Sketches Of

Tennessee's Pioneer Baptist Preachers


HENRY RANDOLPH

(pages  411 - 413)

In the cemetery of the old Friendship Church, Jefferson County, Tennessee, is a tombstone bearing this inscription "Sacred to the memory of the Reverend Henry Randolph, pastor of the Primitive Baptist Church at Friendship; born July 4, 1778; died February 15, 1849. This tribute of affection (the monument) was erected to his memory by his friends." He was born in what is now Jefferson County, Tennessee-what was then Washington County, North Carolina. He was a son of James Randolph, whose name occupies the second place in a list of the "twelve constituent members" (1786) of the French Broad, or Dandridge, church. The same year also this same James Randolph was a representative of his church (Lower French Broad) in the organization of the Holston Association. The writer has made diligent but unsuccessful search for the old "family Bible," which, if it could be found, would doubtless give something of the genealogy of the Randolphs we should like to know. In the absence of family records I give this statement of Brother Wilson C. Witt, now more than 100 years old, who knew Elder Randolph well and whose information and recollection are remarkable "Henry Randolph was a son of James Randolph, and had a son James, who was the father of Judge James H. Randolph, late of Newport, Cocke County." According to this bit of genealogy, which is entirely trustworthy, the subject of our, sketch was the grandfather of Judge Randolph, the great-grandfather of Mrs. Ben D. Jones, of Newport, and the great-great-grandfather of the wives of ex-Governor B. W. Hooper and James R. Stokely, of Newport, all of them Baptists.

The fourth Saturday in April, 1814, Henry Randolph was received by "experience" for baptism and membership in the French Broad (now the Dandridge) Church. The fourth Saturday in August, 1817, he was "liberated" by the church and encouraged to exercise his ministerial gifts. In 1818 he was a messenger of his church to the Tennessee Association. The fourth Saturday in December of the same year the church granted him a "letter of dismission," and the following year we find him in attendance upon the Association as a "messenger of Friendship Church." The second Saturday in October, 1819, Friendship Church called him to the "improvement of his gift," and the first Saturday in March, 1823, he was "ordained" to the full work of the ministry, Elders Caleb Witt, Isaac Barton and William Wood acting as the ordaining council. He was a messenger of Friendship Church to the Tennessee Association some twelve to fifteen years, rarely missing a meeting. He represented Friendship Church in the Nolachucky Association from 1834 to 1839, when the Association (meeting with Concord Church, Greene County) divided. In the division Elders Henry Randolph and Pleasant A. Witt, with about one-third of the constituency of the Association, withdrew from the body, left the house where the body was in session, and went to the grove, where they organized. "on the fourth Friday in September, 1839," what they called "the Old School Nolachucky Baptist Association," with Henry Randolph, Moderator, and Pleasant A. Witt, Clerk. In separating from their missionary brethren they declared in strong terms "non-fellowship for the societies and institutions of the day." It is said that Elder Randolph, as he went out of the house, with his company of adherents, stopped at the door, turned around, and, putting his hand upon the door-facing, said in the hearing of all in the house: "Whichever side is right will live and prosper; the side that is wrong will go down."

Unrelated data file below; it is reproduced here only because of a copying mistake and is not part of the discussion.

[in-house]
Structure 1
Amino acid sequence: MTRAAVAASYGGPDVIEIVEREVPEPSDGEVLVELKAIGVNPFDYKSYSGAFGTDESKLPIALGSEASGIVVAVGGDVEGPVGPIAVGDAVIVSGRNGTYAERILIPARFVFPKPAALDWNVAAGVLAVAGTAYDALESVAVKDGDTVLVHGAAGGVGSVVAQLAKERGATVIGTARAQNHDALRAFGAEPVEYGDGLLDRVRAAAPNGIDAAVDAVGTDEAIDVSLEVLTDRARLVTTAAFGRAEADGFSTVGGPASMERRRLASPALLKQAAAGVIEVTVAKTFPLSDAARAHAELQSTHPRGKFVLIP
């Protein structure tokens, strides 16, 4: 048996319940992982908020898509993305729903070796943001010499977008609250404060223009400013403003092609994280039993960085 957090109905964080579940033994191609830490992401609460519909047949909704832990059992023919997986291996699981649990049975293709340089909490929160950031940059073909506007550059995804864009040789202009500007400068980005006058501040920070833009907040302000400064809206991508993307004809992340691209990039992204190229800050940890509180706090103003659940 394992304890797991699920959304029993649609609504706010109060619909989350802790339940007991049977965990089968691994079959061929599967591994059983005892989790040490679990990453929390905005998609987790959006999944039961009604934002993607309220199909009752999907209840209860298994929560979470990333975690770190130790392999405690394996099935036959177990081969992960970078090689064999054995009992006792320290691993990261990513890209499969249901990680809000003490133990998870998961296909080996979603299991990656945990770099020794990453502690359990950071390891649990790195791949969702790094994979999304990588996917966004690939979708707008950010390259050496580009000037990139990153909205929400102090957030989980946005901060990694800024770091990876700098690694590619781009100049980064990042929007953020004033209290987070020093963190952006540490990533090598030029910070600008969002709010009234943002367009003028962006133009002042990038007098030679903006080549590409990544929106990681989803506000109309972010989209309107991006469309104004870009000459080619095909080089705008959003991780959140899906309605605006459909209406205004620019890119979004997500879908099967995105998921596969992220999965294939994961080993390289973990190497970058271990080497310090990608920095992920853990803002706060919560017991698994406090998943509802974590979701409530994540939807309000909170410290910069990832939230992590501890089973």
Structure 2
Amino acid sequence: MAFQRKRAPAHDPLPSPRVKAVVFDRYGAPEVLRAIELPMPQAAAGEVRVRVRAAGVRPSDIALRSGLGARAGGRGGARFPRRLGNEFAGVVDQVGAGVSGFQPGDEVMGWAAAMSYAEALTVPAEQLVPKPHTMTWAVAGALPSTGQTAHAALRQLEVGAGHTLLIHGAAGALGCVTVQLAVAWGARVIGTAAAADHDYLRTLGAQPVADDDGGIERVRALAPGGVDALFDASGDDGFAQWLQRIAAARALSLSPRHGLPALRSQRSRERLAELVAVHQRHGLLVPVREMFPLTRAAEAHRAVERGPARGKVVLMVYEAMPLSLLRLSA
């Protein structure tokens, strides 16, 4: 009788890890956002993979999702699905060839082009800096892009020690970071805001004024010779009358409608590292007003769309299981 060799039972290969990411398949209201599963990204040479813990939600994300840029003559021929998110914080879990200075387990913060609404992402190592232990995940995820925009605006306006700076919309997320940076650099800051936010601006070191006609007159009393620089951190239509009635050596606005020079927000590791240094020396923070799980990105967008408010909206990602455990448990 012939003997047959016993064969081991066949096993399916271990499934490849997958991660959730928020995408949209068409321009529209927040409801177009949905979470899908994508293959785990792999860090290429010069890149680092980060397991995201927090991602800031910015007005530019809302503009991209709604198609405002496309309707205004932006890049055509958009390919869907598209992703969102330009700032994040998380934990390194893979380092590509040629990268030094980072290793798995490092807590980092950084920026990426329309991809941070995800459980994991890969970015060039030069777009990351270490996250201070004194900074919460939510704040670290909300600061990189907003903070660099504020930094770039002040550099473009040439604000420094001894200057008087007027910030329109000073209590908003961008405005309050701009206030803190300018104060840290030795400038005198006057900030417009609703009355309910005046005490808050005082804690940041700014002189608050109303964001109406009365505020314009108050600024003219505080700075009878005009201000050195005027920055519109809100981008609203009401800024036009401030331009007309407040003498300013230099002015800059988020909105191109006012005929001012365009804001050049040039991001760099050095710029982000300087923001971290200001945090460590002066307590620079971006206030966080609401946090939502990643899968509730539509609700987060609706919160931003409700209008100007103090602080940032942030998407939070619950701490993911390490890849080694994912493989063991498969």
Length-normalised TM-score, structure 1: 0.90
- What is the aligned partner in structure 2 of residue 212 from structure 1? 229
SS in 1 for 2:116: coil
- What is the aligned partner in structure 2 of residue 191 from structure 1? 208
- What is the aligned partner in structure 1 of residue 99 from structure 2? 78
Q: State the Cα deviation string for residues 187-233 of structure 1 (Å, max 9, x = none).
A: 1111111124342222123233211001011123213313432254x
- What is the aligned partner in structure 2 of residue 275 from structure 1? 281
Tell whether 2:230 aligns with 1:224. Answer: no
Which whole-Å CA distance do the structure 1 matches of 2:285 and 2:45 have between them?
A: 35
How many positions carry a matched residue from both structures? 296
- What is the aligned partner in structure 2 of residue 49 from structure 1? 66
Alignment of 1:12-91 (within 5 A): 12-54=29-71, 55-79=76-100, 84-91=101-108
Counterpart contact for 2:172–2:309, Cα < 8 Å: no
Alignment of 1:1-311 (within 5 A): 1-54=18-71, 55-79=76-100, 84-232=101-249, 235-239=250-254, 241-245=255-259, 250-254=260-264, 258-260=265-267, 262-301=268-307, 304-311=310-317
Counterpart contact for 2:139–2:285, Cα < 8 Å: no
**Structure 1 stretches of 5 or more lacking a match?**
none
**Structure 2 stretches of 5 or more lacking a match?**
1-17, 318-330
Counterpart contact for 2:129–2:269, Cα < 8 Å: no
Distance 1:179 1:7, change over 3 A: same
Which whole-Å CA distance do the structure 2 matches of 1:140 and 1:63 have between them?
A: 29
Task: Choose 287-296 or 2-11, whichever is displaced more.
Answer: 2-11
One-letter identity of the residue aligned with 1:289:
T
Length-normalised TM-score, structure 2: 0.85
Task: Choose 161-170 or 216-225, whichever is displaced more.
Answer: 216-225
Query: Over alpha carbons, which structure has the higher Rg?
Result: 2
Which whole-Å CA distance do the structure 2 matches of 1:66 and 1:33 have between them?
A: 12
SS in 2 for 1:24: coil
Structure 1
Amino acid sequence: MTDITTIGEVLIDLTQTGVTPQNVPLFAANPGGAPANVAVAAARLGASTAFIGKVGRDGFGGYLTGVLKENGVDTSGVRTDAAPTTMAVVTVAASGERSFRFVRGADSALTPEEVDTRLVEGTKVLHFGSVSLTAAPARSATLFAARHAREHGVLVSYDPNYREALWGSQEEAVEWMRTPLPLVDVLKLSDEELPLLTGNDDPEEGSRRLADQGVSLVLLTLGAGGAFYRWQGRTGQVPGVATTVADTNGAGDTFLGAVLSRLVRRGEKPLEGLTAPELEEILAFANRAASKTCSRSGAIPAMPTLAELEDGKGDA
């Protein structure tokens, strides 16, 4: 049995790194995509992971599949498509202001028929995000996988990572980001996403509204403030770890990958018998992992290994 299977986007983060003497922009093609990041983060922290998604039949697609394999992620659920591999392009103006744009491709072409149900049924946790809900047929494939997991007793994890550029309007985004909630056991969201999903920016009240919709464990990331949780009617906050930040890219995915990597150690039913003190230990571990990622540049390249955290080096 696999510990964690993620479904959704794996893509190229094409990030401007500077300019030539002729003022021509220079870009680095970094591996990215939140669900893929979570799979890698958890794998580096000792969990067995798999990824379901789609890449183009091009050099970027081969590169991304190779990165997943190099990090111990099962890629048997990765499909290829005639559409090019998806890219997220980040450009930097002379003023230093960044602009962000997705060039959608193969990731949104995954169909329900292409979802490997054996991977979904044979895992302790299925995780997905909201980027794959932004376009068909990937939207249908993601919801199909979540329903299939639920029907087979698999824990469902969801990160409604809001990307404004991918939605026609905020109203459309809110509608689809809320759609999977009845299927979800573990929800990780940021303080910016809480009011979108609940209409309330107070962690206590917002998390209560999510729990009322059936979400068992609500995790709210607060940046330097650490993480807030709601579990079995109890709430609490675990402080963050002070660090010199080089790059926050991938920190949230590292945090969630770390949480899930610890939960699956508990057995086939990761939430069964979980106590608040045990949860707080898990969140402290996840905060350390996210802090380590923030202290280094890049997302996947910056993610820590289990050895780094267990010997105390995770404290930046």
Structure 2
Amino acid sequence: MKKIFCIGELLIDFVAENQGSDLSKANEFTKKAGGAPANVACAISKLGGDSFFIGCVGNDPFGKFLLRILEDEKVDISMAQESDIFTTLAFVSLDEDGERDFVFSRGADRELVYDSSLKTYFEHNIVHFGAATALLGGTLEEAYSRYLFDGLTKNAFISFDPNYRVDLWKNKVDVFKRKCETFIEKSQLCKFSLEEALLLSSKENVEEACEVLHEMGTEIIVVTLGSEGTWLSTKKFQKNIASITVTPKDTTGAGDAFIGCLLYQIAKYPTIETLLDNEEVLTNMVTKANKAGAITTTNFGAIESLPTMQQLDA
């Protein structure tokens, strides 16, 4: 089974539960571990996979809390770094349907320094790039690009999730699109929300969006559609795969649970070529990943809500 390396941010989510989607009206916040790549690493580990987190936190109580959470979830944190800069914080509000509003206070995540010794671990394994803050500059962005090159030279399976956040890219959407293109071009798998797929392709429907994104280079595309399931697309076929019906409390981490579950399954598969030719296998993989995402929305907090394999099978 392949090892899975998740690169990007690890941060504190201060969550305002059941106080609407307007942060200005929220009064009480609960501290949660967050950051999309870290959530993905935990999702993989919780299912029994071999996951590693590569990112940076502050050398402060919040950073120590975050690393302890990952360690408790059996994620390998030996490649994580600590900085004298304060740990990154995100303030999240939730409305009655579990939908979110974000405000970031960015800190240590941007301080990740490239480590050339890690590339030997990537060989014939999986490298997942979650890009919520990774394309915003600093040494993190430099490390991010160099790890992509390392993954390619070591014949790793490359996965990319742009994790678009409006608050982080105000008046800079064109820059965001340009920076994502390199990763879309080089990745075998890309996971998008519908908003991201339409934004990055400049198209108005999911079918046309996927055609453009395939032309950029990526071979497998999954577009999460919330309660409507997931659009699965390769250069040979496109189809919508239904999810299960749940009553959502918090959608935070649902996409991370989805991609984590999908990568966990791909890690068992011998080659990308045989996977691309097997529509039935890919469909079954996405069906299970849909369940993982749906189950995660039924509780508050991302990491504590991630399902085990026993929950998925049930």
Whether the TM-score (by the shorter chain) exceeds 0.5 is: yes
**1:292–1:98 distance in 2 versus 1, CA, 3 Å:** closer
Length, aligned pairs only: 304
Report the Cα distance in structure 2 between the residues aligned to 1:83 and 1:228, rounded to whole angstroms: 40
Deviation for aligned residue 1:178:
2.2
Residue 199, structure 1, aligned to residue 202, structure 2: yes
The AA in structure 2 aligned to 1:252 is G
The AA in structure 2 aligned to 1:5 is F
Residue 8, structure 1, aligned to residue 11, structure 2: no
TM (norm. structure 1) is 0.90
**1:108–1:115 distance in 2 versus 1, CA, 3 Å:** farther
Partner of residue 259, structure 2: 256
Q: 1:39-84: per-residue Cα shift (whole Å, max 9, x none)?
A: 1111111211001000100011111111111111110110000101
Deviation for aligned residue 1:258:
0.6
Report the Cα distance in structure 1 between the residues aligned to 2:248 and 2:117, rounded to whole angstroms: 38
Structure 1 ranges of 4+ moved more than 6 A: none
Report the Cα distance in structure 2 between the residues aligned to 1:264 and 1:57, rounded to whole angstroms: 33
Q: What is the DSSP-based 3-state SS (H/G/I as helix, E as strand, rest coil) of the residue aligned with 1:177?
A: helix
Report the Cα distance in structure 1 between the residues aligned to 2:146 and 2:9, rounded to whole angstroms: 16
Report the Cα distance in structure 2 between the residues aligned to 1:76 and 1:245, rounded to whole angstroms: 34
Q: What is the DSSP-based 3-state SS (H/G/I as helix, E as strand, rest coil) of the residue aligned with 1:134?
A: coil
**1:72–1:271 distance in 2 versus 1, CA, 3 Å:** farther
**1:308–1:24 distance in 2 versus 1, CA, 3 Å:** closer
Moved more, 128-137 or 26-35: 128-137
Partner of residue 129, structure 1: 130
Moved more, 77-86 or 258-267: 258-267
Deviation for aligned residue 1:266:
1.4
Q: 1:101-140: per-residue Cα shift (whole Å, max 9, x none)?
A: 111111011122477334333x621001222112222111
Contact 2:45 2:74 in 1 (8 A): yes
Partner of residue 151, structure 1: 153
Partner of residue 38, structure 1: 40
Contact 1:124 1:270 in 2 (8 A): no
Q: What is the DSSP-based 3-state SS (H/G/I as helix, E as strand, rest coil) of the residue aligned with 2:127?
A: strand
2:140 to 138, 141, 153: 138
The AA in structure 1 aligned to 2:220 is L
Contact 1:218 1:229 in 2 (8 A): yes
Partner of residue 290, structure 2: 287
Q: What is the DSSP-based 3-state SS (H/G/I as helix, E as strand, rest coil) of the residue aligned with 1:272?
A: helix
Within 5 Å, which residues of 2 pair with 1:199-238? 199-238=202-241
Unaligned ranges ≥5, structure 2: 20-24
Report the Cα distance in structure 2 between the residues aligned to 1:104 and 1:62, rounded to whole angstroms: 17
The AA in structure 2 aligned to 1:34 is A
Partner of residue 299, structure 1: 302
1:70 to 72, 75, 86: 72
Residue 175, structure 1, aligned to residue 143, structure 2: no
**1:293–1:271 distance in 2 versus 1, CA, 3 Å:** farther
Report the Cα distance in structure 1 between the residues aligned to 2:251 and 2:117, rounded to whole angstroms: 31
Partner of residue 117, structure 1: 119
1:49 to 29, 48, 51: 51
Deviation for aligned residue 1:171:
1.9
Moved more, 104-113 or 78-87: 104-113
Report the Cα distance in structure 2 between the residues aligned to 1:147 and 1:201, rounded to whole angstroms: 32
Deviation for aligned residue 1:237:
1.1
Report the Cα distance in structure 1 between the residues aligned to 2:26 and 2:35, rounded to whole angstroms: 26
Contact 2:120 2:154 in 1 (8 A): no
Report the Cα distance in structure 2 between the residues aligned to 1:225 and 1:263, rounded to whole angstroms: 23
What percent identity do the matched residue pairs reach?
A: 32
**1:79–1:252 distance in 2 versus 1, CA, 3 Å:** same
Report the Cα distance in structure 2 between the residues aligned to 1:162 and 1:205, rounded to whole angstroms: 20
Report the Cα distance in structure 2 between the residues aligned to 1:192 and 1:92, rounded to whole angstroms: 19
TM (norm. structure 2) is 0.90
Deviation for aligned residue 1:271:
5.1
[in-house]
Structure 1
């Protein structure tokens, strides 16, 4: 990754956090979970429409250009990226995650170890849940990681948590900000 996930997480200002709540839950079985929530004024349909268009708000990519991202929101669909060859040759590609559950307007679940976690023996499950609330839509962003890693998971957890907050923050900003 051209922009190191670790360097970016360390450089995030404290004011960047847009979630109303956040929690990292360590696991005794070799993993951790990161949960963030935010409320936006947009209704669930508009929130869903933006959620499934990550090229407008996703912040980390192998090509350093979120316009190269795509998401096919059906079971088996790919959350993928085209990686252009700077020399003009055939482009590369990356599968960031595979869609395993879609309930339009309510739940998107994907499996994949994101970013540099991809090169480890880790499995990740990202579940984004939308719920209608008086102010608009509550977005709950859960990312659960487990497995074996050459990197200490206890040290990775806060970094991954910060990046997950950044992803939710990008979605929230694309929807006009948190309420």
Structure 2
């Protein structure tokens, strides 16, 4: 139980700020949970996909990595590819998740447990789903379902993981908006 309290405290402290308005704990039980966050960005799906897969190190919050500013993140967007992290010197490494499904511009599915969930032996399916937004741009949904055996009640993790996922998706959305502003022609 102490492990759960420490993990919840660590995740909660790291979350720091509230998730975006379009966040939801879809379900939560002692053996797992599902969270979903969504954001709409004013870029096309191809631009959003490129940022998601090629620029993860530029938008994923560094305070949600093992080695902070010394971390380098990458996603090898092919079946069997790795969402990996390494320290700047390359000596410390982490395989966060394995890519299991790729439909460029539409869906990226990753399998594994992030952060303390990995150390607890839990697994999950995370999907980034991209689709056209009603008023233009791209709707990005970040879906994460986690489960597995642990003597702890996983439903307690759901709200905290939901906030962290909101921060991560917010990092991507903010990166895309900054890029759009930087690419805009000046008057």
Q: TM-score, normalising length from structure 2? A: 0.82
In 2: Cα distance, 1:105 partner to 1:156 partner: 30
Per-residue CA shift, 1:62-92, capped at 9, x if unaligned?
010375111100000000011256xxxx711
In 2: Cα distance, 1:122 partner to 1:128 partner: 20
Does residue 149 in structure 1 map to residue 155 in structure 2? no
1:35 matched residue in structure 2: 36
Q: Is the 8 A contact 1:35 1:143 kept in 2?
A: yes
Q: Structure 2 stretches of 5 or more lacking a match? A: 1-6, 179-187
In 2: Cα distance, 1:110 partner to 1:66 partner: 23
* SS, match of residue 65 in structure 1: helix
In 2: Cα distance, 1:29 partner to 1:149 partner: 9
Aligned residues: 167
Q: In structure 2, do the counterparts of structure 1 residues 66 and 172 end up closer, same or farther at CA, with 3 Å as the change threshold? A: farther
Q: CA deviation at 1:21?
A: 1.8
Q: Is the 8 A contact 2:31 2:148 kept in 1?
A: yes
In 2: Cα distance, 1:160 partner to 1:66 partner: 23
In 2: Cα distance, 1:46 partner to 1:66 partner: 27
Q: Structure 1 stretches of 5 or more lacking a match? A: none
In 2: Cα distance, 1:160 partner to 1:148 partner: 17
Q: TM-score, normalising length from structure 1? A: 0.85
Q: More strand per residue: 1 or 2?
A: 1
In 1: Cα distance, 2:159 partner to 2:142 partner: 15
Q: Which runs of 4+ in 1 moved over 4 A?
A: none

Glancing over the minutes of the Nolachucky for 1836 I see that the introductory sermon was preached by Elder Henry Randolph, from the Book of Revelation, 22:9, last clause, "Worship God." It was doubtless a characteristic sermon, emphasizing the divine prerogative to bestow mercy, receive worship, and be Sovereign of the Universe.

Elder Randolph held the extreme Calvinistic views of most preachers of his day. He was a thorough believer in the doctrines of grace. "Salvation is of the Lord," was a favorite theme with these old preachers, and anything that smacked of Arminianism was to them an "abomination." Being a strong predestinarian in his doctrinal belief, he did not subscribe, of course, to a gospel of "free salvation to all who will believe "the doctrine preached by his missionary brethren. The popular charge brought against him and his associates of the old school persuasion, that "they preached infants to hell," he stoutly denied. The "charge" was the result of a natural and easy inference on the part of his opponents, but was not, he contended, a justifiable or necessary conclusion from his premises.

`Uncle" Wilson Witt, who is a thoroughly competent judge, pays this fine tribute to Elder Randolph as a man and a preacher: "Brother Randolph was a strong denominational man and had a wide influence. He was able in the pulpit and wonderfully gifted in prayer. His voice and manner were unusually impressive. He was as firm in principle as lie was hard in doctrine. He had a reputation for firmness, honesty and integrity of character. Everybody had confidence in him as a. man and a minister, and that gave him great influence with the people."'

 


Burnett, J .J.  Sketches of  Tennessee's Pioneer Baptist Preachers.  Nashville, Tenn.:  Press of Marshall & Bruce Company, 1919.

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